Search Results for 'The Tribune'

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Kevin Faller, Galway poet

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Kevin Faller was born in the Crescent in 1920. His father was John Patrick Faller and his mother was Madeleine Quinn from Tuam. They both died within six months of each other when Kevin was very young, so he and his brother Liam were brought up by their grandfather Stephen Faller. Kevin’s aunt Minnie, who was married to Nicholas O’Halloran, also helped to rear him.

A master storyteller moves on

Every town needs its storytellers, its raconteurs who can fill a silence with a story plucked from the ether, who can use the power of words to shape situations, to create pictures in minds, to instil the emotions of laughter and to lift the tastebuds of imaginations. Every town and community needs to have an image of itself shaped through its wordsmiths who polish the mirror and hold it up to ourselves. On Tuesday night, Galway lost one of its best exponents of this art when John Cunningham passed away.

Tributes pour in for former Connacht Tribune editor

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Tributes were paid yesterday to the former Connacht Tribune editor John Cunningham, who passed away on Tuesday.

The Shadow of Pádraic Ó Conaire

FAMILY FOLKLORE has it that when Pádraic Ó Conaire was broke, a fairly frequent occurrence by all accounts, he would approach the grandfather Tom ‘Cork’ Kenny, co-founder and editor of the Connaught Tribune, hoping he would publish a story in the paper and pay him.

More from the art frontline

"The more disorder there is in Cork, the more Kilkenny is thought of fondly as the land of milk, honey and contentment.

Unlocking the Codes

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IRISH INDIE electronic quartet Codes have been making waves on the domestic music scene ever since they first got together three years ago.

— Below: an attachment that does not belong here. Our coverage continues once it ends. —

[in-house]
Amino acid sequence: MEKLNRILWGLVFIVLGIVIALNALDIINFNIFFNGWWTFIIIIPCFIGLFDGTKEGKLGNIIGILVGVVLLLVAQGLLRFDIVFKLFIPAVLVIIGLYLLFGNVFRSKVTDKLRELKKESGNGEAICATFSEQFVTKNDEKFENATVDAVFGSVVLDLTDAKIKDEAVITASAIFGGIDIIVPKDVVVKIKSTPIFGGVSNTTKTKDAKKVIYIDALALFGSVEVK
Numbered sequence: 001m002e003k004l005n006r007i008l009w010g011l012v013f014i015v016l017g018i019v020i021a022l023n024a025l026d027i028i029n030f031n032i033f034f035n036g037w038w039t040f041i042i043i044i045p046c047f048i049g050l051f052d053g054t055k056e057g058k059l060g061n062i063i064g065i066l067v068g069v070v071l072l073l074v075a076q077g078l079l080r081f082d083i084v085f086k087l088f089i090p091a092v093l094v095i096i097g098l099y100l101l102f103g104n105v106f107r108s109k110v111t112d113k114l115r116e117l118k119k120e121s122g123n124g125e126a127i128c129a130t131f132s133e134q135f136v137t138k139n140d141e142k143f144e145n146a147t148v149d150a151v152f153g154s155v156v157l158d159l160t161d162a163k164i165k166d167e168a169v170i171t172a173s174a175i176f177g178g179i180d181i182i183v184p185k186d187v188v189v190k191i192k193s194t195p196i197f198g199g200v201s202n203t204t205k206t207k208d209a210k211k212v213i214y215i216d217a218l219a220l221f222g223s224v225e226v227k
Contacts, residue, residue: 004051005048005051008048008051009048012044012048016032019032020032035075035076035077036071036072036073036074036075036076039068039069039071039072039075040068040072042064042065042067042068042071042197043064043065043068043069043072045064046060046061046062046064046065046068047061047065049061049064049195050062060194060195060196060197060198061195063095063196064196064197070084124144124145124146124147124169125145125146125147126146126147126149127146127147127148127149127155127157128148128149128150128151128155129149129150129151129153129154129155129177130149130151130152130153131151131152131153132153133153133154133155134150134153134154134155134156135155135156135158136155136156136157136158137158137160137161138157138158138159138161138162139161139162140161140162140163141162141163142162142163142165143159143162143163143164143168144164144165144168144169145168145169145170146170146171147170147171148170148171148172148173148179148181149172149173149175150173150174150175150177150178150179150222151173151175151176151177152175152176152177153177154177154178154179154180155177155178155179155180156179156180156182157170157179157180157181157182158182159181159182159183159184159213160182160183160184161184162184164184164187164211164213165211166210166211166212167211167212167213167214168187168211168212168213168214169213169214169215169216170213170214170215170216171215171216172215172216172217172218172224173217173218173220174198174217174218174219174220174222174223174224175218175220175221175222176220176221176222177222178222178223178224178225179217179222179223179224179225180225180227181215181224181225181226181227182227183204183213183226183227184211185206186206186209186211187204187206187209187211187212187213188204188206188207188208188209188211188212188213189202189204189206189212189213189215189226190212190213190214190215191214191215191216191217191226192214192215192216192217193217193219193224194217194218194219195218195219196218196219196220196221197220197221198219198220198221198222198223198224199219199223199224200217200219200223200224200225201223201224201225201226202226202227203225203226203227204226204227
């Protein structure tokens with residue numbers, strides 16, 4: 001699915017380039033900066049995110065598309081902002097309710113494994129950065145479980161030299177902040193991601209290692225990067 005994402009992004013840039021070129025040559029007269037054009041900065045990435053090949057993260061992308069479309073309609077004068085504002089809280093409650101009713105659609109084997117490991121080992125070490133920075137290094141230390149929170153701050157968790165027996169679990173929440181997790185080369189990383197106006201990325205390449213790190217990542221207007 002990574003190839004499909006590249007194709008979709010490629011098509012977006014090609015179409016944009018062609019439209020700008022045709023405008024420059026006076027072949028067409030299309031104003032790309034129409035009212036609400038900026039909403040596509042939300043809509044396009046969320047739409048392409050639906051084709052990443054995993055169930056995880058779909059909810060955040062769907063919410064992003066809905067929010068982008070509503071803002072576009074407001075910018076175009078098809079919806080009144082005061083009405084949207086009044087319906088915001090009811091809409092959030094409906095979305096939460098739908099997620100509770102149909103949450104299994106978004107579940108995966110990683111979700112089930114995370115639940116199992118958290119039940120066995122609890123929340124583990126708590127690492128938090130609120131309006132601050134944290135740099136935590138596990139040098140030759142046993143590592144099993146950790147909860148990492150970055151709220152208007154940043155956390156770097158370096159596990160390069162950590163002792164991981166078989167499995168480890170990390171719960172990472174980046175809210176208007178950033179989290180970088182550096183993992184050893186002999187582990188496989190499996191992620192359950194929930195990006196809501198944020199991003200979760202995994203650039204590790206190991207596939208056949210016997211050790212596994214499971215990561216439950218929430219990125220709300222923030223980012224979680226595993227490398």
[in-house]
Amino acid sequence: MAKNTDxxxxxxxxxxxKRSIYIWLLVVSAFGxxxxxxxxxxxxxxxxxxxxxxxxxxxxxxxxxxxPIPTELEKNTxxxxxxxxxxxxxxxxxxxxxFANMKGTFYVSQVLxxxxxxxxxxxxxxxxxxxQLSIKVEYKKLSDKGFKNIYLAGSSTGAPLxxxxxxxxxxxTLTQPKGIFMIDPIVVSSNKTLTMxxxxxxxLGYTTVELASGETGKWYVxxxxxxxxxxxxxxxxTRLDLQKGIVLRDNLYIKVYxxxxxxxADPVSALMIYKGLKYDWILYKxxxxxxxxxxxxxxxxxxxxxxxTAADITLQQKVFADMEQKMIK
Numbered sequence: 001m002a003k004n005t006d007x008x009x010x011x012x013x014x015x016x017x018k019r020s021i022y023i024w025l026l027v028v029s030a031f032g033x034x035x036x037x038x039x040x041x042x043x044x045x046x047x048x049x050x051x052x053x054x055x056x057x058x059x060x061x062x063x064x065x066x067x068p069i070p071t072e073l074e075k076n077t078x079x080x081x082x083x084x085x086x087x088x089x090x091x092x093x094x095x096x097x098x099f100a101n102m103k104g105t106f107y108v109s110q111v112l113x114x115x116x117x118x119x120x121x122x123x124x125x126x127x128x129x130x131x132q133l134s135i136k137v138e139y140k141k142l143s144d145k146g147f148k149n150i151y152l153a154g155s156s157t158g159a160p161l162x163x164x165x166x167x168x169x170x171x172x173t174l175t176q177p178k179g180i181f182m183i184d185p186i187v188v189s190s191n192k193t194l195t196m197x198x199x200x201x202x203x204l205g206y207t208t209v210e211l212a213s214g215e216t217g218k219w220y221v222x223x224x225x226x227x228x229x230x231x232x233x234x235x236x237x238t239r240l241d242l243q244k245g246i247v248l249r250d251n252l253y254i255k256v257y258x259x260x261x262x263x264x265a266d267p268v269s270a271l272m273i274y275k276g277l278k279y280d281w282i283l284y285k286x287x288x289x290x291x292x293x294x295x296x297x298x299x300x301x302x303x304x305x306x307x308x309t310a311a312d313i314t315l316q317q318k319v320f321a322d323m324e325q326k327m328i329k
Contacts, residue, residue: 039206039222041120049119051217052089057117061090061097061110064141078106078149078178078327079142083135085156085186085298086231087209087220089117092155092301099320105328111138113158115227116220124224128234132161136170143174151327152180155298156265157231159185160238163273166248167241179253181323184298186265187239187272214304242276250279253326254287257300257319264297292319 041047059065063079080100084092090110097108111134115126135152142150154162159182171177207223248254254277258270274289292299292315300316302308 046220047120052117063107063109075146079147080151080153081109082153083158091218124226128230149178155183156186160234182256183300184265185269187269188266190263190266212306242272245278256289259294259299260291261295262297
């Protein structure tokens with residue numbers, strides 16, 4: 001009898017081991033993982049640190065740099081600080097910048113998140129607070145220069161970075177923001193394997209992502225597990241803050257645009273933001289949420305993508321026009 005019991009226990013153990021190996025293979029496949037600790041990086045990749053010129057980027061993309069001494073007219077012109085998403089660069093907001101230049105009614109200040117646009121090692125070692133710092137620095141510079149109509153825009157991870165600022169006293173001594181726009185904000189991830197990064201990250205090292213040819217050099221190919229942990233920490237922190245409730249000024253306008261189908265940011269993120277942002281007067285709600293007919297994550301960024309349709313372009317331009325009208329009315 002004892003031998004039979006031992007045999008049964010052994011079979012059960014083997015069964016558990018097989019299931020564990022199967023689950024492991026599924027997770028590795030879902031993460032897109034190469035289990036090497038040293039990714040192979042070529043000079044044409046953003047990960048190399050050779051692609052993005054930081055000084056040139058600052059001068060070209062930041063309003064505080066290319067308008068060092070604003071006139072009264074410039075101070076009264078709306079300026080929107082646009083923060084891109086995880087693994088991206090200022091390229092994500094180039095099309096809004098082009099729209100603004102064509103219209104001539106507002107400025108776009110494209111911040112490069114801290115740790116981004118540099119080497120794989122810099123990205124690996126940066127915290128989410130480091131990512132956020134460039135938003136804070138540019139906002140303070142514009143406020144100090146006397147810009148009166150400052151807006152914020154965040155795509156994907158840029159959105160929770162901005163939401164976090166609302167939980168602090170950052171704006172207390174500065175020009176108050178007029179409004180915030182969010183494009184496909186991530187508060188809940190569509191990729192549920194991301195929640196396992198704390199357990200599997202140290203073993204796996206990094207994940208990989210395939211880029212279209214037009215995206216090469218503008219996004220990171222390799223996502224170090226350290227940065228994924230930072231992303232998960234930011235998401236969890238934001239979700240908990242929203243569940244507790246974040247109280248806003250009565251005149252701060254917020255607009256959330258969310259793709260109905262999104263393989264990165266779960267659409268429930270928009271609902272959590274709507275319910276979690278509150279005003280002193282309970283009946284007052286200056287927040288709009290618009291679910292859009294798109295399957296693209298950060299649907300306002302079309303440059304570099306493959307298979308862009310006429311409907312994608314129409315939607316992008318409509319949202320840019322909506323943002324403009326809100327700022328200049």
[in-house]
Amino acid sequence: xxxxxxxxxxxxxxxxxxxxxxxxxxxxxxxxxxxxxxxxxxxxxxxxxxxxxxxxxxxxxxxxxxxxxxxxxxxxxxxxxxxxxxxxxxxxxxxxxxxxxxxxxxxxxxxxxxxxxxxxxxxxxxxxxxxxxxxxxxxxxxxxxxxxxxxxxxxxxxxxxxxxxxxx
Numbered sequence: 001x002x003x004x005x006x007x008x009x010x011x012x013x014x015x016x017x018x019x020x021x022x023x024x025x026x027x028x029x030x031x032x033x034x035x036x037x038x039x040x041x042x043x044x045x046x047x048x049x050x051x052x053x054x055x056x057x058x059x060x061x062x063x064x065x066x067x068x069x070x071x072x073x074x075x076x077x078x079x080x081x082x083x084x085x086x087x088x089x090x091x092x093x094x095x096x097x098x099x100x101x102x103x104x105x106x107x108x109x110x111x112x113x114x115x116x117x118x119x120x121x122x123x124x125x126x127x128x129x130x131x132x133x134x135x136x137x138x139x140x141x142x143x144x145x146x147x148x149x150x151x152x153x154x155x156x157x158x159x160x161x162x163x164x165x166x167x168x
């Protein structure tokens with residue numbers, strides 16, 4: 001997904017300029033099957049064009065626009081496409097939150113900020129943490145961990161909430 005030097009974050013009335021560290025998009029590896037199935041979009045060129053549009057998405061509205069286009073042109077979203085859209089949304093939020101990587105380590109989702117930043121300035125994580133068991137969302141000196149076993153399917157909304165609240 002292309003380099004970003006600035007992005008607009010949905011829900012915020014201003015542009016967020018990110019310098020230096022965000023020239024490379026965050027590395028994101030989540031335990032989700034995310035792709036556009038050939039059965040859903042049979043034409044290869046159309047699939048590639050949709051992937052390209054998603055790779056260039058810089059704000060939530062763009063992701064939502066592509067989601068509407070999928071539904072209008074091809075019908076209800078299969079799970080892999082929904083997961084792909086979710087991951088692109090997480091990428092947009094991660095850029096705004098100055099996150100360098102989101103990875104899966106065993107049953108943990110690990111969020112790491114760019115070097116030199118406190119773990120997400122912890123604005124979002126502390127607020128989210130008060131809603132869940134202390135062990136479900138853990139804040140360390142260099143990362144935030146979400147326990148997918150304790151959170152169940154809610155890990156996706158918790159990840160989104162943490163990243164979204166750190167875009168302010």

Advertiser scores highly in Red C local newspaper survey

The Galway Advertiser has come out as the most effective newspaper for advertising in the city and county, according to a comprehensive poll carried out by the RED C polling agency.

The Connacht Tribune, one hundred years

The first issue of the Connacht Tribune was published on May 22, 1909. The newspaper was housed in Market Street, originally known as North Street (the Tribune side was known as North Street West). We know from the 1651 map that the site it occupied was originally part of the Athy Castle, also the castle belonging to the French family and part of the convent occupied by the Poor Clares. There was an underground passage from the convent running under Market Street and branching underground to St Nicholas’ Collegiate Church. This enabled the nuns who were and are an enclosed order, to attend services in the church, and to use the tunnel as a hiding place in times of persecution.

The Connacht Tribune, one hundred years

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The first issue of the Connacht Tribune was published on May 22, 1909. The newspaper was housed in Market Street, originally known as North Street (the Tribune side was known as North Street West). We know from the 1651 map that the site it occupied was originally part of the Athy Castle, also the castle belonging to the French family and part of the convent occupied by the Poor Clares. There was an underground passage from the convent running under Market Street and branching underground to St Nicholas’ Collegiate Church. This enabled the nuns who were and are an enclosed order, to attend services in the church, and to use the tunnel as a hiding place in times of persecution.

Old Reynard read The Tribune

The Easter Rising on Monday April 24 1916, not only took the British authorities by surprise but also the general population of Ireland. In many places, including the town of Galway, the news that fighting had broken out in Dublin was greeted with amazement, and disbelief. Remember World War I was raging at the time. The Battle of Verdun, which was to continue until December with horrendous casualties, was at a critical stage. Its progress was extensively covered in all newspapers. Furthermore, as a result of an intensive recruiting campaign in both the town and county, there was barely a home in Galway that was not affected by the war. Young men in their thousands joined the British armed forces to defend their homeland, to protect the women of Belgium, for a sense of adventure and a decent wage; and in the words of the Irish Parliamentary Party, ‘ to win freedom for Ireland’.

 

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